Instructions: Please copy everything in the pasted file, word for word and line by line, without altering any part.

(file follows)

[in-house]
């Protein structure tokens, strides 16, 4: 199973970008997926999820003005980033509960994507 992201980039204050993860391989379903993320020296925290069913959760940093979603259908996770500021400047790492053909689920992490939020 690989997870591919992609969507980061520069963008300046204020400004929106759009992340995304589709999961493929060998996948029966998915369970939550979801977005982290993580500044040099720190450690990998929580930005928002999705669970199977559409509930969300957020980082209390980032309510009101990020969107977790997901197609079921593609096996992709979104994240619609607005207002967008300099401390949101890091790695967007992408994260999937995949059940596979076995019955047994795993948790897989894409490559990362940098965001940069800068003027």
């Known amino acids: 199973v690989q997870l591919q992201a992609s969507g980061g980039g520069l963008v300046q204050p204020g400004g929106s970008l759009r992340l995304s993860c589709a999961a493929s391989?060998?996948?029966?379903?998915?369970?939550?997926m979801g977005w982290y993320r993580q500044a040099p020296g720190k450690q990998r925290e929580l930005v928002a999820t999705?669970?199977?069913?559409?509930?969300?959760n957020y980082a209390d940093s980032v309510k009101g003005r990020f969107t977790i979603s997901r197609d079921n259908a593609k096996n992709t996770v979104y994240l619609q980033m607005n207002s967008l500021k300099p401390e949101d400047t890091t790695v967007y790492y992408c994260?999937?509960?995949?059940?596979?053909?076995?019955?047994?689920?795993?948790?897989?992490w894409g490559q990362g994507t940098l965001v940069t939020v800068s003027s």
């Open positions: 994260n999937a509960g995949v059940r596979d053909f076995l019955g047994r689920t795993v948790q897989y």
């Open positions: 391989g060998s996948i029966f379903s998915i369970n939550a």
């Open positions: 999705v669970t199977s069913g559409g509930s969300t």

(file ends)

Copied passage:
[in-house]
């Protein structure tokens, strides 16, 4: 199973970008997926999820003005980033509960994507 992201980039204050993860391989379903993320020296925290069913959760940093979603259908996770500021400047790492053909689920992490939020 690989997870591919992609969507980061520069963008300046204020400004929106759009992340995304589709999961493929060998996948029966998915369970939550979801977005982290993580500044040099720190450690990998929580930005928002999705669970199977559409509930969300957020980082209390980032309510009101990020969107977790997901197609079921593609096996992709979104994240619609607005207002967008300099401390949101890091790695967007992408994260999937995949059940596979076995019955047994795993948790897989894409490559990362940098965001940069800068003027």
């Known amino acids: 199973v690989q997870l591919q992201a992609s969507g980061g980039g520069l963008v300046q204050p204020g400004g929106s970008l759009r992340l995304s993860c589709a999961a493929s391989?060998?996948?029966?379903?998915?369970?939550?997926m979801g977005w982290y993320r993580q500044a040099p020296g720190k450690q990998r925290e929580l930005v928002a999820t999705?669970?199977?069913?559409?509930?969300?959760n957020y980082a209390d940093s980032v309510k009101g003005r990020f969107t977790i979603s997901r197609d079921n259908a593609k096996n992709t996770v979104y994240l619609q980033m607005n207002s967008l500021k300099p401390e949101d400047t890091t790695v967007y790492y992408c994260?999937?509960?995949?059940?596979?053909?076995?019955?047994?689920?795993?948790?897989?992490w894409g490559q990362g994507t940098l965001v940069t939020v800068s003027s």
């Open positions: 994260n999937a509960g995949v059940r596979d053909f076995l019955g047994r689920t795993v948790q897989y």
């Open positions: 391989g060998s996948i029966f379903s998915i369970n939550a």
């Open positions: 999705v669970t199977s069913g559409g509930s969300t």